How to Jump-Start Your Metabolism While in Menopause How to Lose Weight in the Shoulders of Women How Long Does it Take to Get a Toned Butt? How to Cover Fat Arms How Women Can Build Muscle Fast Can Men Lose Hip Fat? How to Lose Weight During Perimenopause Diet for a Pear-Shaped Body Toning Diet for Women Exercises to Trim Inches Off Your Legs Men's Daily Nutritional Requirements Can You Lose Belly Fat by Bike Riding? Good Diets for a Teenage Guy to Lose Weight How to Not Look Fat in a Tank Top The Best Exercises at the Gym for Toning Your Legs and Bottom and Flattening Your Belly How to Gain Weight If I'm Too Thin A Weight-Loss Plan for Your Waist, Hips & Thighs How to Lose Weight While on the Depo Shot Does Jumping Rope Slim Your Thighs? How to Lose Arm Muscle
One of the top belly fat-building offenders is stress — and not just because that bad day at work can make you feel like demolishing a pint of Cherry Garcia. When your body senses you're overwhelmed, it automatically starts producing cortisol — a hormone has been proven to eff with your body chemistry and stimulate extra fat storage in your gut. Yeah, sucks. When you're feeling worked up, close your eyes and take long, deep breaths for about five minutes. You'll immediately start to feel more relaxed, which should calm those hormones down and nix that belly sabotage.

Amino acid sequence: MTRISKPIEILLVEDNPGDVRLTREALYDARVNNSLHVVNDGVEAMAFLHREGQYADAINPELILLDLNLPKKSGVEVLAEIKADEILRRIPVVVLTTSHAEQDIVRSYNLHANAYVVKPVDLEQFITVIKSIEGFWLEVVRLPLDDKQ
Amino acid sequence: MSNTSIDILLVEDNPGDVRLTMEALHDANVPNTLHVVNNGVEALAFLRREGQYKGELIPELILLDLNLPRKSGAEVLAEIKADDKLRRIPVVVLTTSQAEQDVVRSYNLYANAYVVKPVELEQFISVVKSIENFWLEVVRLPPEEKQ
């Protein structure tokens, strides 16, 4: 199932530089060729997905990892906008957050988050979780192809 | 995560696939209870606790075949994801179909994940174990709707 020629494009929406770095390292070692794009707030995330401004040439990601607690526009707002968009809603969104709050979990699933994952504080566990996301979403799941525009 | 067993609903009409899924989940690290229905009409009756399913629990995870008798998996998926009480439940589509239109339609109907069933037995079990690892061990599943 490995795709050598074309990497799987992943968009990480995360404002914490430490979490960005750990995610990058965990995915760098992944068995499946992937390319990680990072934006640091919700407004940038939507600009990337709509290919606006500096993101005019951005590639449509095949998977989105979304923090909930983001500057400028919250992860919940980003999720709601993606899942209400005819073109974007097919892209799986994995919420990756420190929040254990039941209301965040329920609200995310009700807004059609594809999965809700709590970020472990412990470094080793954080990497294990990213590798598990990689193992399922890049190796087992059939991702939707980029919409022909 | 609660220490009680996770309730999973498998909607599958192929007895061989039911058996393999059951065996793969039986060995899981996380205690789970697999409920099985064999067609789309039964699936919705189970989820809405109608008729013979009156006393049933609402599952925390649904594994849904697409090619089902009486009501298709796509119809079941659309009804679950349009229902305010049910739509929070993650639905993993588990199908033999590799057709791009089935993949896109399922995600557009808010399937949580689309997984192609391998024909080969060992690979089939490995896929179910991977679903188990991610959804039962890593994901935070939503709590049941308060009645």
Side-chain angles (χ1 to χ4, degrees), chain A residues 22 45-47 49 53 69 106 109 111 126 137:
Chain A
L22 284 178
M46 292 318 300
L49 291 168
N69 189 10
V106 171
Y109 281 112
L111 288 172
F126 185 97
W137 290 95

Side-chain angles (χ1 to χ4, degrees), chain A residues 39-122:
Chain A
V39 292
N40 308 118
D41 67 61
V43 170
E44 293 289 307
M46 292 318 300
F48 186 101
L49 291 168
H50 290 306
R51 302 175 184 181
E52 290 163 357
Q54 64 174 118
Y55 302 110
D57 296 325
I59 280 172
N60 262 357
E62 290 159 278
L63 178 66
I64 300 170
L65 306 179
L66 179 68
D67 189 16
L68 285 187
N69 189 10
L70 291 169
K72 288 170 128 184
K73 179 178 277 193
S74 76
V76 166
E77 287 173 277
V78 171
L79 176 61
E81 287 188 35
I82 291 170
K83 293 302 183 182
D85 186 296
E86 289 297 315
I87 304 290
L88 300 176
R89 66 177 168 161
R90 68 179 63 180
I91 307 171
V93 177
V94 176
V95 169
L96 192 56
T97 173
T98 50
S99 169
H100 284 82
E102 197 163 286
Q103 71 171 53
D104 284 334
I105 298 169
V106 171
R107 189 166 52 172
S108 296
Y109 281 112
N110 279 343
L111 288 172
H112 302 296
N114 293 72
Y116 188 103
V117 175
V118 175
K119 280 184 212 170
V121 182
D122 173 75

Don’t let extra hours lounging in bed stand between you and a flatter belly. While getting enough sleep can help boost your metabolic rate, sleeping in may undo any benefit you’d enjoy from catching a few extra winks. One study reveals that late sleepers who snoozed past 10:45 in the morning ate nearly 250 more calories over the course of the day, despite eating half as many fruits and vegetables as their early bird counterparts. Even worse, they chowed down on more salty, sugary, and trans fat-laden fast food than those who woke up earlier. If you happen to head out of the house early, you’re in for an additional metabolic boost; researchers at Northwestern University have found that people exposed to just a short period of early morning sunlight had lower BMIs than their late-waking counterparts.